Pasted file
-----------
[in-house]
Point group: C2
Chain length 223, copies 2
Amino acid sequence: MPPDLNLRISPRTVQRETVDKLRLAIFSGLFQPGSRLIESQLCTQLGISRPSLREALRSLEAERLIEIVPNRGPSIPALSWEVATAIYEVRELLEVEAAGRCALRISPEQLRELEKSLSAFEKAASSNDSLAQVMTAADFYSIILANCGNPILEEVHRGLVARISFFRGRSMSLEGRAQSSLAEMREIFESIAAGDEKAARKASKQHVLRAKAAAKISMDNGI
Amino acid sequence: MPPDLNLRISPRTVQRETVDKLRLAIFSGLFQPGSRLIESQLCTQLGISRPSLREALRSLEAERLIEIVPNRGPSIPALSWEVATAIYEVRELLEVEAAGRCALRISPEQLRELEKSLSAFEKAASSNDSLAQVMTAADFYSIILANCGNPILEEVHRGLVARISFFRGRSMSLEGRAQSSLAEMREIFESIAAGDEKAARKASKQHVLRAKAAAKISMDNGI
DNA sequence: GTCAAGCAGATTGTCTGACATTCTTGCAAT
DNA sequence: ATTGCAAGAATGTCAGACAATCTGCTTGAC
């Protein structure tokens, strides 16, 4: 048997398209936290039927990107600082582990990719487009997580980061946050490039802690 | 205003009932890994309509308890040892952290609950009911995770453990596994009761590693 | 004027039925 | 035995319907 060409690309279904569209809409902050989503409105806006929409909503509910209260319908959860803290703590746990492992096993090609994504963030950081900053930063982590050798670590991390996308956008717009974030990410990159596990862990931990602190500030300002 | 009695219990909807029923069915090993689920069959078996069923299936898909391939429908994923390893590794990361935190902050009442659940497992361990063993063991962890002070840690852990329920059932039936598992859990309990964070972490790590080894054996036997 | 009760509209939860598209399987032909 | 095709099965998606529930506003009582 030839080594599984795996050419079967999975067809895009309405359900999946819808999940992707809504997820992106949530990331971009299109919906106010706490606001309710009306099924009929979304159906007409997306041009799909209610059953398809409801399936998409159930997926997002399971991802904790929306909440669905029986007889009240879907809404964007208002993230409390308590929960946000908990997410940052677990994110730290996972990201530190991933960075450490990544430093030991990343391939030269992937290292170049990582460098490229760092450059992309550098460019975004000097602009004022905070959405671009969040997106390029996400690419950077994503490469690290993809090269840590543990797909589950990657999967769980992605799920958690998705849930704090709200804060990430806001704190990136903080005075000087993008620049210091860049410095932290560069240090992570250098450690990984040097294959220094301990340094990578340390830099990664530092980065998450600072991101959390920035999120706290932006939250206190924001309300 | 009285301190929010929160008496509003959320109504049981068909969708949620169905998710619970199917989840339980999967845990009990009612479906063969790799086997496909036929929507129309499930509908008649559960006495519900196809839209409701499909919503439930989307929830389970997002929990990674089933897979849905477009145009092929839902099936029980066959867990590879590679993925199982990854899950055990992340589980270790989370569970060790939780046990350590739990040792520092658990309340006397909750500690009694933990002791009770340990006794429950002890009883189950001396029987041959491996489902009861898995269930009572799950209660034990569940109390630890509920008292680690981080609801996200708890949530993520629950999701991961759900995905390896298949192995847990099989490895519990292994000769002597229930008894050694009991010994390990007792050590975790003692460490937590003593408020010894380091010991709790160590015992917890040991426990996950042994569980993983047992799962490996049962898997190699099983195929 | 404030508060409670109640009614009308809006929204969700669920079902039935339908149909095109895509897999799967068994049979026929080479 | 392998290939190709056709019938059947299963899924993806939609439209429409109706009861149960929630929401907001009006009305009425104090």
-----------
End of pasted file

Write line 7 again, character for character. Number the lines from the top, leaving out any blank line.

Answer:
DNA sequence: ATTGCAAGAATGTCAGACAATCTGCTTGAC